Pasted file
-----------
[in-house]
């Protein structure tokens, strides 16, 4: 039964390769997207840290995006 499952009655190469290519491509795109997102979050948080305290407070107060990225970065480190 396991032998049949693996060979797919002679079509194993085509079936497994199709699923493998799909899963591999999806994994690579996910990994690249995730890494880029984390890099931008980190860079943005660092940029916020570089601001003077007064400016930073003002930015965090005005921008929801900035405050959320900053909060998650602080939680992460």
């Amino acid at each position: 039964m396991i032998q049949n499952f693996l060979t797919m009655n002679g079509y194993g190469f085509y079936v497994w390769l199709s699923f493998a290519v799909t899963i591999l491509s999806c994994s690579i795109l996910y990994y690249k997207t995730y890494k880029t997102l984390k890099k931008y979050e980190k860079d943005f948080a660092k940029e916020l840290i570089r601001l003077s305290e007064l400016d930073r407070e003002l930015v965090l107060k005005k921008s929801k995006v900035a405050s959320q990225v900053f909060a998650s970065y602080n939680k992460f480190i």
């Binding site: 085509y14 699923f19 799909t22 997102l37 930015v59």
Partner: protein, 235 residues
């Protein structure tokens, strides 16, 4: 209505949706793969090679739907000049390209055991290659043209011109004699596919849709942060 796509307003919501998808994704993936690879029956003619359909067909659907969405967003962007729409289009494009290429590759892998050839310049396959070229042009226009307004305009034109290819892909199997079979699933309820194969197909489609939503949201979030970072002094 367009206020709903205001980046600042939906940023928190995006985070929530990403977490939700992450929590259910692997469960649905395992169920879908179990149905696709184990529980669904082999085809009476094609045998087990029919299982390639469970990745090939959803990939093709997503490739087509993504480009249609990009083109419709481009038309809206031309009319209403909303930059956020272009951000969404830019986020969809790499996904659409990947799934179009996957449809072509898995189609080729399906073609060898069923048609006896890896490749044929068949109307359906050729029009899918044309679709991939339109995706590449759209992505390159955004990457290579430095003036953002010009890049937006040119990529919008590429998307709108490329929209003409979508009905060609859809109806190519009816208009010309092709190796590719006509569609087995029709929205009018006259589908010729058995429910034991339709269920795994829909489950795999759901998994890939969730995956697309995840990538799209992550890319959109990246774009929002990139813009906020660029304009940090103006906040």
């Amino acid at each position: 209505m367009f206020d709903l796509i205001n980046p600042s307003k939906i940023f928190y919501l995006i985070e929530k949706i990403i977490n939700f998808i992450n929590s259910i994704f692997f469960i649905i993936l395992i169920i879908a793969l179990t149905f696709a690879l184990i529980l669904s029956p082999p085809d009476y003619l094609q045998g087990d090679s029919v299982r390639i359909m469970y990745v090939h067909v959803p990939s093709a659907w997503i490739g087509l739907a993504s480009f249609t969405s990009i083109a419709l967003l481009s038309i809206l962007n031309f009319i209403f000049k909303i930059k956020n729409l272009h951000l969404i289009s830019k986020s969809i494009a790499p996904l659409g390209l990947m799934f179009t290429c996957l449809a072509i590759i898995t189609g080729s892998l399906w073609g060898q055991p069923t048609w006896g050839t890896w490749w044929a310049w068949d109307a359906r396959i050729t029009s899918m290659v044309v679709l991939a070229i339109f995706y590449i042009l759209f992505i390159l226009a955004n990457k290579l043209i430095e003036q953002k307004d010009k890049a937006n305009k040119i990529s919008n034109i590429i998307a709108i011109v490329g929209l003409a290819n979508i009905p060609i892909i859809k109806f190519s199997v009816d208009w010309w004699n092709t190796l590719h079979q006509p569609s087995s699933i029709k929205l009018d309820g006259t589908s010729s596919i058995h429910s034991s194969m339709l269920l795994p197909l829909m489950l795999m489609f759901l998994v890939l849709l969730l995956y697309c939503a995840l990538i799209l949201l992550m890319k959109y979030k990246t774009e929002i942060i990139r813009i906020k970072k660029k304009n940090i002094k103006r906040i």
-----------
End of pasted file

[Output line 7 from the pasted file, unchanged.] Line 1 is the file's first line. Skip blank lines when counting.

């Amino acid at each position: 209505m367009f206020d709903l796509i205001n980046p600042s307003k939906i940023f928190y919501l995006i985070e929530k949706i990403i977490n939700f998808i992450n929590s259910i994704f692997f469960i649905i993936l395992i169920i879908a793969l179990t149905f696709a690879l184990i529980l669904s029956p082999p085809d009476y003619l094609q045998g087990d090679s029919v299982r390639i359909m469970y990745v090939h067909v959803p990939s093709a659907w997503i490739g087509l739907a993504s480009f249609t969405s990009i083109a419709l967003l481009s038309i809206l962007n031309f009319i209403f000049k909303i930059k956020n729409l272009h951000l969404i289009s830019k986020s969809i494009a790499p996904l659409g390209l990947m799934f179009t290429c996957l449809a072509i590759i898995t189609g080729s892998l399906w073609g060898q055991p069923t048609w006896g050839t890896w490749w044929a310049w068949d109307a359906r396959i050729t029009s899918m290659v044309v679709l991939a070229i339109f995706y590449i042009l759209f992505i390159l226009a955004n990457k290579l043209i430095e003036q953002k307004d010009k890049a937006n305009k040119i990529s919008n034109i590429i998307a709108i011109v490329g929209l003409a290819n979508i009905p060609i892909i859809k109806f190519s199997v009816d208009w010309w004699n092709t190796l590719h079979q006509p569609s087995s699933i029709k929205l009018d309820g006259t589908s010729s596919i058995h429910s034991s194969m339709l269920l795994p197909l829909m489950l795999m489609f759901l998994v890939l849709l969730l995956y697309c939503a995840l990538i799209l949201l992550m890319k959109y979030k990246t774009e929002i942060i990139r813009i906020k970072k660029k304009n940090i002094k103006r906040i």